American Society of Safety Engineers Poll Show Members See Global Program Increasing Chemical Use Safety
Des Plaines, IL (March 23, 2007) — During an American Society of Safety Engineers (ASSE) Global Harmonization of Labeling and Classification of Chemicals (GHS) technical audio conference yesterday, participants in a web poll voted overwhelmingly, 98 percent “yes” and two percent “no”, that they see hazardous communications systems improving as a result of GHS implementation.
GHS is an international system for standardizing and harmonizing the classification and labeling of chemicals as a way to increase safety. The U.S. and other countries developed the GHS after more than a decade of technical work and negotiation. GHS is intended to enhance public health and environmental protection, as well as reduce barriers to trade. The GHS is intended to provide a comprehensive approach to defining health, physical and environmental hazards of chemicals; creating classification processes that use available data on chemicals for comparison with the defined hazard criteria; and communicating hazard information, as well as protective measures, on labels and Material Safety Data Sheets (MSDS).
The ASSE GHS conference call featured Jennifer Silk, former Deputy Director, Directorate of Standards and Guidance at OSHA, and Mary Frances Lowe of the EPA Office of Pesticide Programs, discussing the impact of GHS on hazard communications for all industries, whether a manufacturer, importer, distributor, or end user. They also discussed how GHS would change MSDS, company Hazard Communication (HAZCOM) Programs and the impact it will have on safety, health and environmental professionals.
“Hundreds of safety, health and environmental professionals participated in the GHS call. This clearly illustrates that GHS will be a critical issue for the profession in the near future and has the potential to make a significant impact on workplace safety and health when the System is fully implemented,” Assistant Administrator of the ASSE Management Practice Specialty Christopher Gates, of San Bernardino, CA, said. Gates facilitated the call.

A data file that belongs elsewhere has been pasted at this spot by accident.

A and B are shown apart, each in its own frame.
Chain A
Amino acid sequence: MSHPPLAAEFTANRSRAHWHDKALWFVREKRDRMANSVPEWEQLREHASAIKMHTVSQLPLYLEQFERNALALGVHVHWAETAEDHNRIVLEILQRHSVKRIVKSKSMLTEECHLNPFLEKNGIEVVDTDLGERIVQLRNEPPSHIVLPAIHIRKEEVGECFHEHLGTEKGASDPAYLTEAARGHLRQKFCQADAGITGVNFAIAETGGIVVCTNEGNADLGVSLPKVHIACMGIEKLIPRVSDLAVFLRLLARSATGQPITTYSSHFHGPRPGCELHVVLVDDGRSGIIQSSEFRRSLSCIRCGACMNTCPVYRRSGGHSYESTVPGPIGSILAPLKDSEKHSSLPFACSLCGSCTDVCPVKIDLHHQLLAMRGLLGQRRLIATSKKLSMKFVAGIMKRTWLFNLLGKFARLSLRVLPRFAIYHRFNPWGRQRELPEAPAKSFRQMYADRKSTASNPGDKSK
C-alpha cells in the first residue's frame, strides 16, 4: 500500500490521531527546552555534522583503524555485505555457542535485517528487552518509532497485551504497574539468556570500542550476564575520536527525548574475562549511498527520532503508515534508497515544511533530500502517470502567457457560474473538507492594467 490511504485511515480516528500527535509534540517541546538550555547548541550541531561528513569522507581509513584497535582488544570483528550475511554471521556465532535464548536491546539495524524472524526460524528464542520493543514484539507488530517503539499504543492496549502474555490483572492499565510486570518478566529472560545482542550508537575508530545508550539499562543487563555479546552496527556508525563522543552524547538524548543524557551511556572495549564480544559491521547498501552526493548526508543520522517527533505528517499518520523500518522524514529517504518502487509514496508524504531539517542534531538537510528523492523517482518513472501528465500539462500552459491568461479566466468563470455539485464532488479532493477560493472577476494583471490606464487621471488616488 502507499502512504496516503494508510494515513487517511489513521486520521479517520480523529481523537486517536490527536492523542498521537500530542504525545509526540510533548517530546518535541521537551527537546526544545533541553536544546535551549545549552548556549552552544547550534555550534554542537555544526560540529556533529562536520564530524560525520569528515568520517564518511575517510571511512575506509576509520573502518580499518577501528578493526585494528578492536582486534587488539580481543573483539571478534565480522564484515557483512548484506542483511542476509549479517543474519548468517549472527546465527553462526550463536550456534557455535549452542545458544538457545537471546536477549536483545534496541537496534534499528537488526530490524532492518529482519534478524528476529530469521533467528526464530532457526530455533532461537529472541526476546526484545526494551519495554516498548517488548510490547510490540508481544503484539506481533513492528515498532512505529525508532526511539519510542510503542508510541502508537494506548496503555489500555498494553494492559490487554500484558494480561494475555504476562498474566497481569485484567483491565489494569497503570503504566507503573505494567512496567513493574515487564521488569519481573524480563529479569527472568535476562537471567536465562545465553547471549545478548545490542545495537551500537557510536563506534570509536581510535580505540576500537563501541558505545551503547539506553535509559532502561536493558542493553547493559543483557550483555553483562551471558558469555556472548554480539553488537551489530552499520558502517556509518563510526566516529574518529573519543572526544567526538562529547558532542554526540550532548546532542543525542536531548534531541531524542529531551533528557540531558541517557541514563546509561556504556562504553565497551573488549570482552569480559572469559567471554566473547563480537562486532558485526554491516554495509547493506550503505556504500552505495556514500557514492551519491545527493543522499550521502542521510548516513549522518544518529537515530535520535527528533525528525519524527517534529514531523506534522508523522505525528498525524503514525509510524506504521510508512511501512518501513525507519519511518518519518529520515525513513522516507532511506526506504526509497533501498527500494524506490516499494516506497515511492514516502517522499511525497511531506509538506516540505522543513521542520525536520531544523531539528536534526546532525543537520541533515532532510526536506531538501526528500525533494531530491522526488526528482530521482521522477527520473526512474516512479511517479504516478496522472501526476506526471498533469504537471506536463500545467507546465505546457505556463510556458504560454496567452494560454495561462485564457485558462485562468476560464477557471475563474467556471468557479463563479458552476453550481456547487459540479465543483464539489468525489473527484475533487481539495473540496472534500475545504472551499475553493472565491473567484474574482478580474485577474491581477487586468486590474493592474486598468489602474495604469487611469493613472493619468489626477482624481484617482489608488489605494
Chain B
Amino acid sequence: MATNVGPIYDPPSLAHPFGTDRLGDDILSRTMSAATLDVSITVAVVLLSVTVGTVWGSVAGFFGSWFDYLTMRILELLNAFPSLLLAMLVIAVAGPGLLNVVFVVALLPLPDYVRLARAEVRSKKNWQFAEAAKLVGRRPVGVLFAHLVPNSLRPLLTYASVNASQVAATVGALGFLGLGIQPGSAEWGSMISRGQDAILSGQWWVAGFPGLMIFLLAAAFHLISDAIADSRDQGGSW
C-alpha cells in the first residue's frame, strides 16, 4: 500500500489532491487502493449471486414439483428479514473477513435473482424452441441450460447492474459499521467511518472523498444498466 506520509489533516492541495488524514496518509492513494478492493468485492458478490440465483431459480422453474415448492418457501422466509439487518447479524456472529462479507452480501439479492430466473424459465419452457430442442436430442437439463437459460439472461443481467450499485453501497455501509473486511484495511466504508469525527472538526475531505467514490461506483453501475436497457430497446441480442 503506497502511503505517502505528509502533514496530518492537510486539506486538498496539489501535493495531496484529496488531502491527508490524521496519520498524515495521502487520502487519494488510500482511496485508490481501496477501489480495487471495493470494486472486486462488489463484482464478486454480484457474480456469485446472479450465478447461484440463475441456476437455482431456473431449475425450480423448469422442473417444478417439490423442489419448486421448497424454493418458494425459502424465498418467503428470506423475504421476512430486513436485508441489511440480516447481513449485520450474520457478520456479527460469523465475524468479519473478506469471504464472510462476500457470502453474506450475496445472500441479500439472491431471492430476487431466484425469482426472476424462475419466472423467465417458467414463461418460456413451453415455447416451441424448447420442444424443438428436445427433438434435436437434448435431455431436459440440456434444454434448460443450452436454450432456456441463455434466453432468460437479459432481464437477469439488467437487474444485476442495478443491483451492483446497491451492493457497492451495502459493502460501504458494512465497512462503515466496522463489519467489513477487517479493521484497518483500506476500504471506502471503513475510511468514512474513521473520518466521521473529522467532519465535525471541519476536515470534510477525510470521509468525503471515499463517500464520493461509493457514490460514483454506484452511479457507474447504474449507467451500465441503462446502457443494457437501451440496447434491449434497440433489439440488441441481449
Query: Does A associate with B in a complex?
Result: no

GHS conference call participants were asked and responded to additional poll questions on this issue which included: Does your company/organization have a HAZCOM program that has international issues? Yes- 72 percent, No – 28 percent; Is your company currently preparing for GHS? Yes – 52 percent, No – 48 percent; Does your company dedicate significant resources to international issues? Yes – 58 percent, No — 42 percent; Do you see hazardous communications systems improving as a result of GHS implementation? Yes – 98 percent, No – 2 percent; Will GHS assist you in streamlining your HAZCOM issues? Yes – 88 percent, No – 12 percent; and, Do you have international safety, health and environmental responsibilities? Yes – 61 percent, No – 39 percent.
Founded in 1911, ASSE is the oldest and largest professional safety society and is committed to protecting people, property and the environment. It’s more than 30,000 occupational safety, health and environmental professional members manage, supervise, research and consult on safety, health, transportation and environmental issues. For more information please go to www.asse.org and for a copy of the GHS guidebook go to http://www.unece.org/trans/danger/publi/ghs/ghs_rev00/00files_e.html.
Contact: Diane Hurns, 847-768-3413, firstname.lastname@example.org